Intermittent fasting heart disease - Understanding Intermittent Fasting and Its Connection to Heart Health - 22/Mar/2024

Intermittent fasting heart disease – Understanding Intermittent Fasting and Its Connection to Heart Health – 22/Mar/2024

Understanding Intermittent Fasting and Its Connection to Heart Health

Intermittent fasting—characterized by periods of voluntary abstinence from food and drink—is a dietary approach that has gained prominent attention over the past several years. This eating pattern comes in various forms, such as the 16/8 method, where one fasts for 16 hours and eats during an 8-hour window, or the 5:2 method, which involves normal eating for five days and significantly reduced calorie intake on two non-consecutive days of the week. Beyond weight management, research indicates that intermittent fasting might hold beneficial impacts on cardiovascular health, including the potential to reduce risk factors associated with heart disease.

The Impact of Intermittent Fasting on Heart Disease Risk Factors

Cholesterol Levels and Blood Pressure

Cholesterol levels and blood pressure are critical factors in developing heart disease. High-density lipoprotein (HDL) cholesterol often referred to as ‘good cholesterol,’ helps to clear fat from the bloodstream, whilst low-density lipoprotein (LDL), or ‘bad cholesterol,’ can lead to plaque formation in the arteries. Studies have shown that intermittent fasting can lead to changes in lipid profiles, including reductions in LDL cholesterol and triglycerides, as well as possible increases in HDL cholesterol.

Additionally, intermittent fasting may contribute to lowering blood pressure. Elevated blood pressure is a significant risk factor for both heart attacks and strokes. Fasting periods induce physiological responses that promote blood pressure reduction, potentially through weight loss and hormonal adaptations such as increased nitric oxide availability, which aids in vasodilation.

Inflammation and Hear Disease

Systemic inflammation is another contributor to cardiovascular disease. Intermittent fasting has been shown to reduce markers of inflammation, such as C-reactive protein, which is associated with an increased risk of heart disease. The reduction in inflammation may also be related to altering gut microbiota and decreasing oxidative stress — both of which are currently areas of active research.

Autophagy and Cardiac Health

Intermittent fasting might also benefit heart health by promoting autophagy—a cellular waste-removal process that breaks down and recycles dysfunctional proteins and organelles. Autophagy is crucial for maintaining cardiac function, as it helps to clear out damaged components within heart cells which could otherwise contribute to heart disease or cardiac aging.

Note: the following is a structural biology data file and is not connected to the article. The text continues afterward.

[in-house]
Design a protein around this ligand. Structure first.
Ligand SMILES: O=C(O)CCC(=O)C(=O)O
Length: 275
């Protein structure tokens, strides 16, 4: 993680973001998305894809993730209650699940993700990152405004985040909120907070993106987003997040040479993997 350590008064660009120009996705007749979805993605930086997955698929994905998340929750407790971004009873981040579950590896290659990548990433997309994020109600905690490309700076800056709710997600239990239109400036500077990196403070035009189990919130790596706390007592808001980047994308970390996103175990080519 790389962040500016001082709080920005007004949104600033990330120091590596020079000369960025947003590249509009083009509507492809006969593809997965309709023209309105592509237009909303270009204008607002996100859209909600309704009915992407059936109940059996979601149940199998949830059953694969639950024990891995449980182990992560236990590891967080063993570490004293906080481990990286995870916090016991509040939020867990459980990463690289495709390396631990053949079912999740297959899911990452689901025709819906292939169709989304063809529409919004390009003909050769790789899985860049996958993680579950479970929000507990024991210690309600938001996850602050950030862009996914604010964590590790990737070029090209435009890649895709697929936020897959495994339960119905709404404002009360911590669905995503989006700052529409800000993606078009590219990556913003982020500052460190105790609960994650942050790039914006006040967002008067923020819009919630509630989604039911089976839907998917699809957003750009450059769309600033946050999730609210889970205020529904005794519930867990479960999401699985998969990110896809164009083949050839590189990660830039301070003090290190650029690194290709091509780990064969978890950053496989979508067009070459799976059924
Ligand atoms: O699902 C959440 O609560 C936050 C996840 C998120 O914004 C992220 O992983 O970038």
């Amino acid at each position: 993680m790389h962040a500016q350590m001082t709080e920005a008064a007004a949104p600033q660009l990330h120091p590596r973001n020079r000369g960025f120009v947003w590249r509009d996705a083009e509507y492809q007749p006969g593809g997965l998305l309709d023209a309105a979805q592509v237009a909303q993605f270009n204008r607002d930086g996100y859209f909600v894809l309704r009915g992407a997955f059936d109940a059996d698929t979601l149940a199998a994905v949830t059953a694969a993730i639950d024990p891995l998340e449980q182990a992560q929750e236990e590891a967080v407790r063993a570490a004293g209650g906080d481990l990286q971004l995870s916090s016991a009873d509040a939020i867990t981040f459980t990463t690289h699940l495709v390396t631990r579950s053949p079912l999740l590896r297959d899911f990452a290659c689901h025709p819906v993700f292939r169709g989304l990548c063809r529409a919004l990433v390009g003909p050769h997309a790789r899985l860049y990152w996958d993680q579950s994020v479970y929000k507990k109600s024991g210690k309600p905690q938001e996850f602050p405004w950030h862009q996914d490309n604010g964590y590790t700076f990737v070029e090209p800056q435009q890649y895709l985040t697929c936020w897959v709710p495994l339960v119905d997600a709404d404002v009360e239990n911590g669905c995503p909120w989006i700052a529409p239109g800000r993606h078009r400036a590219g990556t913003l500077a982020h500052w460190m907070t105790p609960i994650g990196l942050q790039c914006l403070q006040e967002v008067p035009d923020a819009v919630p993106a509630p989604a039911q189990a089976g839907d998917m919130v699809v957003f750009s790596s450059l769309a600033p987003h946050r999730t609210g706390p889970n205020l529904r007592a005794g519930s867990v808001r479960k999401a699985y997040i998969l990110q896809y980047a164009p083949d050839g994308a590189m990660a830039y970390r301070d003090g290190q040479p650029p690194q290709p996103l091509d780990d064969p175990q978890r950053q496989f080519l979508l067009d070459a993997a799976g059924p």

Heart Rhythm and Intermittent Fasting

Preliminary results from observational studies have suggested there may be a link between intermittent fasting and a lower risk of atrial fibrillation, a common heart rhythm disorder. However, this area requires further study to establish a clear connection and understand any potential mechanisms.

Weight Loss and Heart Disease

Often associated with intermittent fasting is weight loss – a pivotal factor in maintaining heart health, especially for those suffering from obesity-related conditions. Fat loss alleviates stress on the cardiovascular system by reducing visceral fat, which is linked with increased inflammation and various cardiovascular risk factors.

Limitations and Considerations in Existing Research

Despite these promising findings connecting intermittent fasting with heart health improvements, further research is necessary to fully determine the long-term impacts and effectiveness of these diets for specific population groups.

Recommendations from Healthcare Professionals

Most health professionals will stress the importance of a balanced diet rich in fruits, vegetables, whole grains, lean protein sources, and the minimization of processed foods, regardless of one’s eating pattern. Those with existing medical conditions or who are taking medications should speak with their healthcare provider before beginning any intermittent fasting regime.


  • Studies have shown reductions in ‘bad’ LDL cholesterol levels during intermittent fasting regimes.
  • Intermittent fasting may improve blood pressure readings in individuals at risk for hypertension.
  • Markers of inflammation have been observed to decrease on an intermittent fasting diet.
  • Evidence suggests that autophagy from intermittent fasting could support healthier heart cells.
  • Caution is advised for individuals with existing health conditions when adopting intermittent fasting as it may require adjusting medication or close monitoring.
  • Image Description

    An image depicts a silhouette of a healthy human heart overlaid with a clock face representing the concept of intermittent fasting time periods. The background features faded images of healthy foods like fruits, vegetables, nuts, and grains providing a holistic view of lifestyle choices that contribute to heart health.